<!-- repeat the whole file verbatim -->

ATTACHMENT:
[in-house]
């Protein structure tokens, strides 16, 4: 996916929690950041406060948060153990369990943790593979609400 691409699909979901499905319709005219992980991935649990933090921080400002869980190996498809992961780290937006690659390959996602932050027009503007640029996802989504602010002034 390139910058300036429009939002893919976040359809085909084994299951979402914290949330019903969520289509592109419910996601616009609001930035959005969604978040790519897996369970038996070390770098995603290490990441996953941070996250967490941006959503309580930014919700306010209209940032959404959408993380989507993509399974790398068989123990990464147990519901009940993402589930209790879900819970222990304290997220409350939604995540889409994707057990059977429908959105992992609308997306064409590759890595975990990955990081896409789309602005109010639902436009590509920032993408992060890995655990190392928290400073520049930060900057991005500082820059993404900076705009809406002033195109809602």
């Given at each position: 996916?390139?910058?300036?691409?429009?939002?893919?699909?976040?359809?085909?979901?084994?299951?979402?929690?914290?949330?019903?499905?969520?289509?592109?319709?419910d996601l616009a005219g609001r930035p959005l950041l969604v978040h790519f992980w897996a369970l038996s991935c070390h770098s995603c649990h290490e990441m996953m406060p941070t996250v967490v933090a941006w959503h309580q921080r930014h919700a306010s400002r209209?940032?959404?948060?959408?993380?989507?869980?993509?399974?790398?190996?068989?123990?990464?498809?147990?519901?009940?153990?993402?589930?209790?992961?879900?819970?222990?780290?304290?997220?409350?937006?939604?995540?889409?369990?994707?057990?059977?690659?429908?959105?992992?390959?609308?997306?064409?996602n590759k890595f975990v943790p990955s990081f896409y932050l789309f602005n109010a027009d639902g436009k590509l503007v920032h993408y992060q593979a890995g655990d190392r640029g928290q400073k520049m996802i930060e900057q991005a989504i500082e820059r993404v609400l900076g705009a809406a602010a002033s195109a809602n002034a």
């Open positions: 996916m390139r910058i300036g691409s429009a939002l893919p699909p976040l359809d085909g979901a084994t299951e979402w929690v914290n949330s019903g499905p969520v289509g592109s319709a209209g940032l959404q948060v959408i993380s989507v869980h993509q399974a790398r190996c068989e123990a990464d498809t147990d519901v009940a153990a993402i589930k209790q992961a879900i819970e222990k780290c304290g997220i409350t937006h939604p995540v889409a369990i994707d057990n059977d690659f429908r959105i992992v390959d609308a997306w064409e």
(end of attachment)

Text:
[in-house]
């Protein structure tokens, strides 16, 4: 996916929690950041406060948060153990369990943790593979609400 691409699909979901499905319709005219992980991935649990933090921080400002869980190996498809992961780290937006690659390959996602932050027009503007640029996802989504602010002034 390139910058300036429009939002893919976040359809085909084994299951979402914290949330019903969520289509592109419910996601616009609001930035959005969604978040790519897996369970038996070390770098995603290490990441996953941070996250967490941006959503309580930014919700306010209209940032959404959408993380989507993509399974790398068989123990990464147990519901009940993402589930209790879900819970222990304290997220409350939604995540889409994707057990059977429908959105992992609308997306064409590759890595975990990955990081896409789309602005109010639902436009590509920032993408992060890995655990190392928290400073520049930060900057991005500082820059993404900076705009809406002033195109809602």
């Given at each position: 996916?390139?910058?300036?691409?429009?939002?893919?699909?976040?359809?085909?979901?084994?299951?979402?929690?914290?949330?019903?499905?969520?289509?592109?319709?419910d996601l616009a005219g609001r930035p959005l950041l969604v978040h790519f992980w897996a369970l038996s991935c070390h770098s995603c649990h290490e990441m996953m406060p941070t996250v967490v933090a941006w959503h309580q921080r930014h919700a306010s400002r209209?940032?959404?948060?959408?993380?989507?869980?993509?399974?790398?190996?068989?123990?990464?498809?147990?519901?009940?153990?993402?589930?209790?992961?879900?819970?222990?780290?304290?997220?409350?937006?939604?995540?889409?369990?994707?057990?059977?690659?429908?959105?992992?390959?609308?997306?064409?996602n590759k890595f975990v943790p990955s990081f896409y932050l789309f602005n109010a027009d639902g436009k590509l503007v920032h993408y992060q593979a890995g655990d190392r640029g928290q400073k520049m996802i930060e900057q991005a989504i500082e820059r993404v609400l900076g705009a809406a602010a002033s195109a809602n002034a």
């Open positions: 996916m390139r910058i300036g691409s429009a939002l893919p699909p976040l359809d085909g979901a084994t299951e979402w929690v914290n949330s019903g499905p969520v289509g592109s319709a209209g940032l959404q948060v959408i993380s989507v869980h993509q399974a790398r190996c068989e123990a990464d498809t147990d519901v009940a153990a993402i589930k209790q992961a879900i819970e222990k780290c304290g997220i409350t937006h939604p995540v889409a369990i994707d057990n059977d690659f429908r959105i992992v390959d609308a997306w064409e």